Skilled individuals were encouraged to live and work in Edo (Tokyo) by the Shogunate from the very beginning of the Edo era (1600-1868), leading to the establishment of craft industries, including carpentry, metalworking and dyeing, in the districts of Kanda and Nihonbashi.
The emergence of a consumer society in the middle of the Edo era led to further specialization among carpenters, who produced bentwood goods, fine screens and doors as well as religious and palace architecture. Cabinet makers and joiners also appeared at this time and remain active to this day.
While fine cabinetry and joinery in Kyoto developed to fulfill the needs both of the Imperial court and for tea ceremony items, Edo-style joinery developed to fulfill the needs of the warriors, merchants and kabuki actors who resided in Edo. Edo joinery is characterized by its sturdy construction and simple form, which eschews unnecessary ornamentation and maximizes the beauty of the woodgrain. Perhaps the most highly sought after of all the woods used is from the shimakuwa mulberry trees on the island of Mikurajima.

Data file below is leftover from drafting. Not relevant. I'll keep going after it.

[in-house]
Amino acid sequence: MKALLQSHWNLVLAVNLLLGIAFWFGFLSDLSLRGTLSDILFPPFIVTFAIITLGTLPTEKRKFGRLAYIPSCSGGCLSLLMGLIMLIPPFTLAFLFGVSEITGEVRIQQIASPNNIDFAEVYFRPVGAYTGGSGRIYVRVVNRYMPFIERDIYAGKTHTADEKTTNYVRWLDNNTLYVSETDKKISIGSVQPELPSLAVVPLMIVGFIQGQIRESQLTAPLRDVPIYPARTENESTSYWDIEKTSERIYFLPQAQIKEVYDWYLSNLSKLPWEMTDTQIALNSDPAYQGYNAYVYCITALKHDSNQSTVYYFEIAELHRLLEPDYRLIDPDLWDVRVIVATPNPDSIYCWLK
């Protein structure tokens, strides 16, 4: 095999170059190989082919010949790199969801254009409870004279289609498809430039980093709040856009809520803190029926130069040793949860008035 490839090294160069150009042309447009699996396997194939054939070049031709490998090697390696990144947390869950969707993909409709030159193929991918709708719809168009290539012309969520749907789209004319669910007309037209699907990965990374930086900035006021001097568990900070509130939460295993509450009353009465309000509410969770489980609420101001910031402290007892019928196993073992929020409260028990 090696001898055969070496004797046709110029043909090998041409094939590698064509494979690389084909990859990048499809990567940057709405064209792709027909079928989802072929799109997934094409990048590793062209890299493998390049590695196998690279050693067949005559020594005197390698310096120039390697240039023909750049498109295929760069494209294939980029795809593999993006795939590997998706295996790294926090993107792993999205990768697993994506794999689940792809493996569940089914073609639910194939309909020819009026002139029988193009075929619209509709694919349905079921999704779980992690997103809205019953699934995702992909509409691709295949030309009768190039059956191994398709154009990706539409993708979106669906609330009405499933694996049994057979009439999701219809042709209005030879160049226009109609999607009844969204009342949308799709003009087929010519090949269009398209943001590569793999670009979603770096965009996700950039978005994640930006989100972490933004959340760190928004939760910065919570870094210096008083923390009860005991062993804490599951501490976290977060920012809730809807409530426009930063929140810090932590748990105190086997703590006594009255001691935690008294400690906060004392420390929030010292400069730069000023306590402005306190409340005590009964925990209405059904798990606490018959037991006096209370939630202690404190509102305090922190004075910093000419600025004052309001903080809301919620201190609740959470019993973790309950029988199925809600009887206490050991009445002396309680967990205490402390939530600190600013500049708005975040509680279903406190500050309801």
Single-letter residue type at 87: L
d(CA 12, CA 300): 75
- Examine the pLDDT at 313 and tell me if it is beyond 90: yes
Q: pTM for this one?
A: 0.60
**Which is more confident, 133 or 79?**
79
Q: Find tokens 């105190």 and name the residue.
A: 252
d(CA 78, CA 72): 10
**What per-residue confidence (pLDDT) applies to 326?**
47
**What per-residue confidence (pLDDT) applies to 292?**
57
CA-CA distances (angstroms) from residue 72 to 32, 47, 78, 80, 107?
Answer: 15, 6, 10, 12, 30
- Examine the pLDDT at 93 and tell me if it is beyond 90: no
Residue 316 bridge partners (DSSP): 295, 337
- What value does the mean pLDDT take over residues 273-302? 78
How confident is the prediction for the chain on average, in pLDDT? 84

The range of goods produced today includes chests, desks, stands and shelves as well as boxes, hibachi, tea ceremony items and musical instruments.
While Kyoto joinery was used to produce items for the royal family and for tea ceremonies, Edo joinery was used to produce items for samurai families, merchants and kabuki actors. The craft expresses the essence of the Edo era through its lack of decoration, simple rugged design and exhibition of the natural beauty of the woodgrain. The wood of mulberry trees from the island of Mikurajima are considered the finest building material.
How to make
Chisels and knives are used to carve interlocking finger and dovetail joints into the timber and boards, which are then joined together without the use of nails. Additionally, small handmade wood planes are used to produce a variety of finishes and patterns along the edges of the boards. While the variety of techniques cannot be seen from the outside, their use results in a finished product that can be used for decades.